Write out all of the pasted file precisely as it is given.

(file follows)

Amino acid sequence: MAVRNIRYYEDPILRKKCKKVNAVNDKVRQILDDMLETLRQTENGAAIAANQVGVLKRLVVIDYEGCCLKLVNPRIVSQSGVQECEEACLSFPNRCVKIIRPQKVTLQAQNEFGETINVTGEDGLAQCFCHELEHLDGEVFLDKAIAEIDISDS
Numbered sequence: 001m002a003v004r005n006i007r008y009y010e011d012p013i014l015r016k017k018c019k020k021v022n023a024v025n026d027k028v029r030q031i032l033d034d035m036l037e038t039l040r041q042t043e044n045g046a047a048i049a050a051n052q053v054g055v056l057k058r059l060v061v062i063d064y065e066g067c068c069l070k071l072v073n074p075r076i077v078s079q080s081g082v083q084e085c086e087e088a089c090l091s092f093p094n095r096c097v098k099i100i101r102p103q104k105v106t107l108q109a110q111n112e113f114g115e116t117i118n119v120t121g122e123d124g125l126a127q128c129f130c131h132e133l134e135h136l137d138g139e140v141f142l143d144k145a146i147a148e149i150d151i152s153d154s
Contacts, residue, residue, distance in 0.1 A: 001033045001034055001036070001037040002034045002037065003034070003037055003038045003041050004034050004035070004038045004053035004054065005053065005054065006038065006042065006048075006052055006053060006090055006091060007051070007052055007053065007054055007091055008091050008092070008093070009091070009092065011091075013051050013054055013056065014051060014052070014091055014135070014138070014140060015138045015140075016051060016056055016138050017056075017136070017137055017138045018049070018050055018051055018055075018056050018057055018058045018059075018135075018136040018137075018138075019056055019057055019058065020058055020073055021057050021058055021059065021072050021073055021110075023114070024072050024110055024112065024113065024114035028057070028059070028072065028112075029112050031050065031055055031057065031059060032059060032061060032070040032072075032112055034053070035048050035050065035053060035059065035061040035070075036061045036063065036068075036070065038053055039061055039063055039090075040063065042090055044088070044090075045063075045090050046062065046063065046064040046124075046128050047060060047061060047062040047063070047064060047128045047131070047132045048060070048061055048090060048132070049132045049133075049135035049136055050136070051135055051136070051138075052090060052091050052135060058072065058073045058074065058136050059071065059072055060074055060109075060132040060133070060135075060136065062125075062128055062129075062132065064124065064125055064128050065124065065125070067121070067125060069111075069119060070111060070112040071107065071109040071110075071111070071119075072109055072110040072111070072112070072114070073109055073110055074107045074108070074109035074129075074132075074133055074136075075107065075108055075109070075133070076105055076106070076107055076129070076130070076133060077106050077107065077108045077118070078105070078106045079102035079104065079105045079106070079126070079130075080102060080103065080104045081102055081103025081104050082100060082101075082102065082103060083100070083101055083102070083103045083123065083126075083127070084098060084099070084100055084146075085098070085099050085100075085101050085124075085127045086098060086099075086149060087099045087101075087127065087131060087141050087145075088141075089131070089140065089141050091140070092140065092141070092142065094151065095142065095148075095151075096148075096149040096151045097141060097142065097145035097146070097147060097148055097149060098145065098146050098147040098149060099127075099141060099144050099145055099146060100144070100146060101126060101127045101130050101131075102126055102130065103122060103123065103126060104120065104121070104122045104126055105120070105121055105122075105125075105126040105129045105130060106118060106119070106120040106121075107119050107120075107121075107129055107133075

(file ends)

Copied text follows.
Amino acid sequence: MAVRNIRYYEDPILRKKCKKVNAVNDKVRQILDDMLETLRQTENGAAIAANQVGVLKRLVVIDYEGCCLKLVNPRIVSQSGVQECEEACLSFPNRCVKIIRPQKVTLQAQNEFGETINVTGEDGLAQCFCHELEHLDGEVFLDKAIAEIDISDS
Numbered sequence: 001m002a003v004r005n006i007r008y009y010e011d012p013i014l015r016k017k018c019k020k021v022n023a024v025n026d027k028v029r030q031i032l033d034d035m036l037e038t039l040r041q042t043e044n045g046a047a048i049a050a051n052q053v054g055v056l057k058r059l060v061v062i063d064y065e066g067c068c069l070k071l072v073n074p075r076i077v078s079q080s081g082v083q084e085c086e087e088a089c090l091s092f093p094n095r096c097v098k099i100i101r102p103q104k105v106t107l108q109a110q111n112e113f114g115e116t117i118n119v120t121g122e123d124g125l126a127q128c129f130c131h132e133l134e135h136l137d138g139e140v141f142l143d144k145a146i147a148e149i150d151i152s153d154s
Contacts, residue, residue, distance in 0.1 A: 001033045001034055001036070001037040002034045002037065003034070003037055003038045003041050004034050004035070004038045004053035004054065005053065005054065006038065006042065006048075006052055006053060006090055006091060007051070007052055007053065007054055007091055008091050008092070008093070009091070009092065011091075013051050013054055013056065014051060014052070014091055014135070014138070014140060015138045015140075016051060016056055016138050017056075017136070017137055017138045018049070018050055018051055018055075018056050018057055018058045018059075018135075018136040018137075018138075019056055019057055019058065020058055020073055021057050021058055021059065021072050021073055021110075023114070024072050024110055024112065024113065024114035028057070028059070028072065028112075029112050031050065031055055031057065031059060032059060032061060032070040032072075032112055034053070035048050035050065035053060035059065035061040035070075036061045036063065036068075036070065038053055039061055039063055039090075040063065042090055044088070044090075045063075045090050046062065046063065046064040046124075046128050047060060047061060047062040047063070047064060047128045047131070047132045048060070048061055048090060048132070049132045049133075049135035049136055050136070051135055051136070051138075052090060052091050052135060058072065058073045058074065058136050059071065059072055060074055060109075060132040060133070060135075060136065062125075062128055062129075062132065064124065064125055064128050065124065065125070067121070067125060069111075069119060070111060070112040071107065071109040071110075071111070071119075072109055072110040072111070072112070072114070073109055073110055074107045074108070074109035074129075074132075074133055074136075075107065075108055075109070075133070076105055076106070076107055076129070076130070076133060077106050077107065077108045077118070078105070078106045079102035079104065079105045079106070079126070079130075080102060080103065080104045081102055081103025081104050082100060082101075082102065082103060083100070083101055083102070083103045083123065083126075083127070084098060084099070084100055084146075085098070085099050085100075085101050085124075085127045086098060086099075086149060087099045087101075087127065087131060087141050087145075088141075089131070089140065089141050091140070092140065092141070092142065094151065095142065095148075095151075096148075096149040096151045097141060097142065097145035097146070097147060097148055097149060098145065098146050098147040098149060099127075099141060099144050099145055099146060100144070100146060101126060101127045101130050101131075102126055102130065103122060103123065103126060104120065104121070104122045104126055105120070105121055105122075105125075105126040105129045105130060106118060106119070106120040106121075107119050107120075107121075107129055107133075